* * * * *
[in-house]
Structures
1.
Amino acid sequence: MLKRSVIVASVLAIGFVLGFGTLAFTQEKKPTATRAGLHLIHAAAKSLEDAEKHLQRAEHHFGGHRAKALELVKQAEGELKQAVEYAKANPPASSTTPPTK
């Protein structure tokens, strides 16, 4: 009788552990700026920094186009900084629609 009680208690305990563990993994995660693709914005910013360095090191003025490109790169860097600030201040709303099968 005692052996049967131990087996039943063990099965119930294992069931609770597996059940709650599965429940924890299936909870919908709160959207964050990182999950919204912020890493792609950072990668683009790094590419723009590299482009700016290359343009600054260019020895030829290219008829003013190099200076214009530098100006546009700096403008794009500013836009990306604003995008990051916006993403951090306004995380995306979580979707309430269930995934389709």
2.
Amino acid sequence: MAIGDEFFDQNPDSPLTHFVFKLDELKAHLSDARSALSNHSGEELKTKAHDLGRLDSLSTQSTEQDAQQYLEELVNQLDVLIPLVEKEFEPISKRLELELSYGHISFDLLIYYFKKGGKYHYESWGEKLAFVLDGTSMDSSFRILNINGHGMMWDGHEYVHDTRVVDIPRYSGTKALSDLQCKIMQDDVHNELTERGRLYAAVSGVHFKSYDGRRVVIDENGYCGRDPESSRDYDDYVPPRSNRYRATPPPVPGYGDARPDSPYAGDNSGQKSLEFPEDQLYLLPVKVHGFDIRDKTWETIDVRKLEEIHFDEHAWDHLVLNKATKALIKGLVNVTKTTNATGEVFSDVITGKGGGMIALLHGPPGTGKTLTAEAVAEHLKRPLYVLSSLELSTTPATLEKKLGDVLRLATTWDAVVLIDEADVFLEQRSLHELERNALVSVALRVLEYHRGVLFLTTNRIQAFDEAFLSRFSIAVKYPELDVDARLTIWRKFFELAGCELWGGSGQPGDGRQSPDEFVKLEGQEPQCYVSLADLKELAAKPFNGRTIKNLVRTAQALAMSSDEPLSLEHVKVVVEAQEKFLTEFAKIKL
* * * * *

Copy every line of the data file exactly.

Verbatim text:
[in-house]
Structures
1.
Amino acid sequence: MLKRSVIVASVLAIGFVLGFGTLAFTQEKKPTATRAGLHLIHAAAKSLEDAEKHLQRAEHHFGGHRAKALELVKQAEGELKQAVEYAKANPPASSTTPPTK
């Protein structure tokens, strides 16, 4: 009788552990700026920094186009900084629609 009680208690305990563990993994995660693709914005910013360095090191003025490109790169860097600030201040709303099968 005692052996049967131990087996039943063990099965119930294992069931609770597996059940709650599965429940924890299936909870919908709160959207964050990182999950919204912020890493792609950072990668683009790094590419723009590299482009700016290359343009600054260019020895030829290219008829003013190099200076214009530098100006546009700096403008794009500013836009990306604003995008990051916006993403951090306004995380995306979580979707309430269930995934389709």
2.
Amino acid sequence: MAIGDEFFDQNPDSPLTHFVFKLDELKAHLSDARSALSNHSGEELKTKAHDLGRLDSLSTQSTEQDAQQYLEELVNQLDVLIPLVEKEFEPISKRLELELSYGHISFDLLIYYFKKGGKYHYESWGEKLAFVLDGTSMDSSFRILNINGHGMMWDGHEYVHDTRVVDIPRYSGTKALSDLQCKIMQDDVHNELTERGRLYAAVSGVHFKSYDGRRVVIDENGYCGRDPESSRDYDDYVPPRSNRYRATPPPVPGYGDARPDSPYAGDNSGQKSLEFPEDQLYLLPVKVHGFDIRDKTWETIDVRKLEEIHFDEHAWDHLVLNKATKALIKGLVNVTKTTNATGEVFSDVITGKGGGMIALLHGPPGTGKTLTAEAVAEHLKRPLYVLSSLELSTTPATLEKKLGDVLRLATTWDAVVLIDEADVFLEQRSLHELERNALVSVALRVLEYHRGVLFLTTNRIQAFDEAFLSRFSIAVKYPELDVDARLTIWRKFFELAGCELWGGSGQPGDGRQSPDEFVKLEGQEPQCYVSLADLKELAAKPFNGRTIKNLVRTAQALAMSSDEPLSLEHVKVVVEAQEKFLTEFAKIKL